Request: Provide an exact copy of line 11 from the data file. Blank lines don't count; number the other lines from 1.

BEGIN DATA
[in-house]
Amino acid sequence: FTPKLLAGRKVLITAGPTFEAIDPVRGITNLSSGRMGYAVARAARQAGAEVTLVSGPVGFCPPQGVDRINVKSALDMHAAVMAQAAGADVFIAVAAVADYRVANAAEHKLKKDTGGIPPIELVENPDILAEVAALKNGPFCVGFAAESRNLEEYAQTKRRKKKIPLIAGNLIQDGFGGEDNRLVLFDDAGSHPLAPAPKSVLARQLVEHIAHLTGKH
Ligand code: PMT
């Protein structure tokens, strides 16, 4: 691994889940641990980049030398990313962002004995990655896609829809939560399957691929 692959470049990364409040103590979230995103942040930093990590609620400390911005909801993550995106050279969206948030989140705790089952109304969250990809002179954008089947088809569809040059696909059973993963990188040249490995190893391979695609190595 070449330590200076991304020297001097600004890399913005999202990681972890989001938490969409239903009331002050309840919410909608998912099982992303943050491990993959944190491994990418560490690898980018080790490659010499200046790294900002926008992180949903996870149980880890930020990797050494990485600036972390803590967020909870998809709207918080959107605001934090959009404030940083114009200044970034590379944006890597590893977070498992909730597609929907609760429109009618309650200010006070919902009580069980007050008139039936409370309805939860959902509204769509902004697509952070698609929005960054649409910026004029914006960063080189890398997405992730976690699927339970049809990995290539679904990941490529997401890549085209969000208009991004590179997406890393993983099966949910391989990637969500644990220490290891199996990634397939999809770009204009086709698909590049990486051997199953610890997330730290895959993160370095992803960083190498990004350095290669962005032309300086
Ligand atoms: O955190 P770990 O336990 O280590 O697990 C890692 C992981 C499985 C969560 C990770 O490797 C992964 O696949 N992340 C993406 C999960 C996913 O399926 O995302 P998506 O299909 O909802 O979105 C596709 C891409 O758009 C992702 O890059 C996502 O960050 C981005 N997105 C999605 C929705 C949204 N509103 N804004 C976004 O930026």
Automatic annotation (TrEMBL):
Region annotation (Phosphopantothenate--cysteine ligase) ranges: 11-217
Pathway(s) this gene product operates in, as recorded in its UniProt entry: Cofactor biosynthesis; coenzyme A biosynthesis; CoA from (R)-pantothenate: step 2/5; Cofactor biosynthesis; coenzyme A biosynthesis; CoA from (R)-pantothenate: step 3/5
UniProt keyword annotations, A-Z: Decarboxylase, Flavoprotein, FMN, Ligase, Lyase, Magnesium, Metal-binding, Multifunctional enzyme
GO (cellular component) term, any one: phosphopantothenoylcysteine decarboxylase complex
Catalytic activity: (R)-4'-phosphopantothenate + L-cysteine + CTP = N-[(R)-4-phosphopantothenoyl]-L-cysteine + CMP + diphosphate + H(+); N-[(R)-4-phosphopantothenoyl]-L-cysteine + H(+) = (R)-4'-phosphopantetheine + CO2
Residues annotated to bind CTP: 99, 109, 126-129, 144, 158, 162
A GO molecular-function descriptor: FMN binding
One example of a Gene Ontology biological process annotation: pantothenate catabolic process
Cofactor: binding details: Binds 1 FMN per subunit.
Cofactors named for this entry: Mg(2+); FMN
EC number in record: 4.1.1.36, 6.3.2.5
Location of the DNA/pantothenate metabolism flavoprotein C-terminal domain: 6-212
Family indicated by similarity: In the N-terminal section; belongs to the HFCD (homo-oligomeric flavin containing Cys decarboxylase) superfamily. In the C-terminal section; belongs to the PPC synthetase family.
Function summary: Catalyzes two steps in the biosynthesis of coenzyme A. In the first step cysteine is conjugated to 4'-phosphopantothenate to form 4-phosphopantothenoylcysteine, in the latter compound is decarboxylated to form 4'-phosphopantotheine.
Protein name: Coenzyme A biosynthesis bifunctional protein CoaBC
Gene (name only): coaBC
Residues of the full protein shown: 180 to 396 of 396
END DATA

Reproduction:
Catalytic activity: (R)-4'-phosphopantothenate + L-cysteine + CTP = N-[(R)-4-phosphopantothenoyl]-L-cysteine + CMP + diphosphate + H(+); N-[(R)-4-phosphopantothenoyl]-L-cysteine + H(+) = (R)-4'-phosphopantetheine + CO2